Bird.com > Bird Articles >

Purchasing Your First Bird

Congratulations on your decision to purchase a bird! After you’ve done the research on which species would be most suitable for your lifestyle, financial situation, and personality, you now have to decide where to buy your new feathered friend. This is an important factor in the purchase, so if you haven’t given this much thought here are a few useful tips on locations and what exactly to look for at each one.

If you’re looking for a small bird such as a parakeet, zebra finch or canary, then a local pet store would probably do just fine. It is important to be aware of the conditions of the shops because certain visible clues may give away information to the physical well-being of the birds.

Listed below are some conditions to either look for or beware of.

Pet Store – Appearance is everything. Look for active birds that have fresh food and water available in a clean cage. Birds can be messy, but if the conditions look unusually messy it’s most likely due to a negligent shopkeeper. Look in the corners of the cage and also check to see if there is an accumulation of feces on the perches. Obviously, this is not good. Quality doesn’t necessarily stop at the appearance of the cage. Check for fresh fruit and vegetables added into the regular diet of seeds or pellets.

If the birds seem weak or sickly, find another shop; also be sure to mention the noticeable signs to the shopkeeper for the well-being of the animals. Some visible signs of unhealthy birds include puffy eyes, mucus around the cere (what you would consider its nostrils), or puffed out, unkempt looking body feathers. This isn’t always a common occurrence, these are more so the making of a worst case scenario. There are many small, privately owned pet shops that offer a great selection of very healthy, vibrant, and fairly inexpensive animals.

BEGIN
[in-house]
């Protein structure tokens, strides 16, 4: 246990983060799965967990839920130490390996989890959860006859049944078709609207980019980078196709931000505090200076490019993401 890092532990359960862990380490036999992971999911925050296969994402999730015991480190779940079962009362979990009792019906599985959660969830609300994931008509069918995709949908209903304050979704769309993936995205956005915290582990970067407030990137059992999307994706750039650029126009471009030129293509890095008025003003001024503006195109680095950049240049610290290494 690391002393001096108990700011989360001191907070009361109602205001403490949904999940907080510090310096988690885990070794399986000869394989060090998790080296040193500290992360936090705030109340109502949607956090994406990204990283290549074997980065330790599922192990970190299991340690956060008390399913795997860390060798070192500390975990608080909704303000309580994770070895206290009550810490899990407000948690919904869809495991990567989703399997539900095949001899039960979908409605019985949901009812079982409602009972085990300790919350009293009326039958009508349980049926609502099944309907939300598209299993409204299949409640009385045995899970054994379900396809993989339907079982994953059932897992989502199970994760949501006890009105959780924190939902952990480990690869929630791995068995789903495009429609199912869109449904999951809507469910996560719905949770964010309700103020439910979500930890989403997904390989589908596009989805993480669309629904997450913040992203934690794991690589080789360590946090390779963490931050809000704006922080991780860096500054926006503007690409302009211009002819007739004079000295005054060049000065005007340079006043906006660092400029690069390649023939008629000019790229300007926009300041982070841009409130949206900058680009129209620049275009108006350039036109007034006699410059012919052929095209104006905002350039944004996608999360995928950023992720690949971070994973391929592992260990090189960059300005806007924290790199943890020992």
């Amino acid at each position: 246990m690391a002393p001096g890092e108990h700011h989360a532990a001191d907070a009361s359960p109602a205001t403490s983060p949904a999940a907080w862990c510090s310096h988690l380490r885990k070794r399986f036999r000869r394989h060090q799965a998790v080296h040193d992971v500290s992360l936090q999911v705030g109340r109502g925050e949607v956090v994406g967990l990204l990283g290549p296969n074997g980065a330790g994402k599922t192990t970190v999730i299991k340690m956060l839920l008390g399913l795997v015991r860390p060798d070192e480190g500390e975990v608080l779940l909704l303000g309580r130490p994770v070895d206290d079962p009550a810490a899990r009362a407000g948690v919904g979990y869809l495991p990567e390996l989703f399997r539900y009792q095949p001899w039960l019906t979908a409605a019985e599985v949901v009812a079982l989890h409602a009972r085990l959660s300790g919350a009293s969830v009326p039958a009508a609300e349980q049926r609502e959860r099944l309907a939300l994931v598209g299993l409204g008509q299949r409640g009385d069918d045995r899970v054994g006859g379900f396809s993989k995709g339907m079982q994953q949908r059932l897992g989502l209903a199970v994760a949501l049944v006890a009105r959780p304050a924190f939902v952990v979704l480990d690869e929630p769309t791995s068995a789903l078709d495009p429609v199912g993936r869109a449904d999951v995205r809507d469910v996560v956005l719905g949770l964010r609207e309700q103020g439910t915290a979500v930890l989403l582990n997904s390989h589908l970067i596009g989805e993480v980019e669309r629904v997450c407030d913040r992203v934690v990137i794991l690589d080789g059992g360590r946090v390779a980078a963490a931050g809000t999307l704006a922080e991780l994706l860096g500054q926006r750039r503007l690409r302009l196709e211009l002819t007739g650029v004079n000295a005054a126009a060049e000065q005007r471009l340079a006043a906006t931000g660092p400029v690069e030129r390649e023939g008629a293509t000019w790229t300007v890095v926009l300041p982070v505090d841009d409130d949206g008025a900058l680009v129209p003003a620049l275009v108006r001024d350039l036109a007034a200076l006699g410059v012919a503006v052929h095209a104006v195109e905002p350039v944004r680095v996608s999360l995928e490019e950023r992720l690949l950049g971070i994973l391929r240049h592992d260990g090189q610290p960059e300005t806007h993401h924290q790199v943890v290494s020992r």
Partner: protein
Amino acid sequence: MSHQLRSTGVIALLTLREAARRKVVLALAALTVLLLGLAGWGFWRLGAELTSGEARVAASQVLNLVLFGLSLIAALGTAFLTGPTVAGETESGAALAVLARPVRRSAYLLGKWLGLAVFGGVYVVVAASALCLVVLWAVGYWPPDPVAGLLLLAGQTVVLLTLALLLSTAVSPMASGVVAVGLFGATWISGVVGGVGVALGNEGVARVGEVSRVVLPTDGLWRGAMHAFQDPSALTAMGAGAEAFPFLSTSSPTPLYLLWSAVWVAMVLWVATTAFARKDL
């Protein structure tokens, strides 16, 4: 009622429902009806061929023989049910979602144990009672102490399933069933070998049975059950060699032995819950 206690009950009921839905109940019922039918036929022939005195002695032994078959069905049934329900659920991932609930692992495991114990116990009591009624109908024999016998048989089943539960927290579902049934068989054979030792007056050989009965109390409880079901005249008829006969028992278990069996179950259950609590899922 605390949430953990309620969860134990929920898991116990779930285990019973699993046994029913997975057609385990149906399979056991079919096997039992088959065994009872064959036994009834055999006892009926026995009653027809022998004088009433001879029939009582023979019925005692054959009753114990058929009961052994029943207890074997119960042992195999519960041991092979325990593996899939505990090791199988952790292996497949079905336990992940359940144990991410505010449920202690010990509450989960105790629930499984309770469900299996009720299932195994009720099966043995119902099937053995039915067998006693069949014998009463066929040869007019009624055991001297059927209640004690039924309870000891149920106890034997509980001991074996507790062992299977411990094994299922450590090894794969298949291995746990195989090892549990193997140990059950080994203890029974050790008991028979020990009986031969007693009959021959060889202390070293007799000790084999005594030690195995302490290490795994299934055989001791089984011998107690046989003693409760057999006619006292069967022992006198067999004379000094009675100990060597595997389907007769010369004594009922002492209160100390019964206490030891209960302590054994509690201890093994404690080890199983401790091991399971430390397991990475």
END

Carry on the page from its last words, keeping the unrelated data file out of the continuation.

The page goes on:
Hobbyist – A hobbyist is a person that usually keeps a few pairs of birds as pets and enjoys having some young chicks from time to time. A lot of times these chicks are sold to pet stores, friends or family. Sometimes the babies will be left to be raised by the parent birds. Partial parenting can be initiated and then continued with hand feedings – this works especially well with cockatiels. Careful consideration has to go into sterilizing procedures as well as basic instructions on feeding the babies. Ask questions about handling, feeding and socializing. Knowledge is power. Be informed to keep from being sold a sick animal.

Breeders – If the facility is used for breeding, there should be a number of rigidly enforced rules when it comes to what takes place inside. Most breeders consider themselves a business and have specially trained assistants to hand feed their babies. If you’re not sure of where to find such a facility, then you can contact the Better Business Bureau; they’ll also have records of any complaints filed. This type of business should be absolutely spotless, due to the incubation process. Some places may even that ask that you leave your shoes at the door and sanitize your hands before touching any of the babies. In this type of facility babies should be handfed and given the opportunity to place and socialize. Mass feedings let these birds grow up without the experience of human touch, which could be a problem factor in the future.

This bird will be a companion for 5 to 60 years. Make sure that you are educated in what you are looking for and also educated in the proper care procedures. The joy of having a bird will be well worth the time and effort taken to find good advice and information.

Whether you buy from a hobbyist, a breeder or a pet store you should always ask for a health guarantee. A credible business will willingly give you one within a time limit. They should also be able to offer lifetime support of your questions and concerns; some will even offer wing or nail clippings, depending on the staff’s experience.



Bird Articles Index
Like this article? Share it!  

  • Published: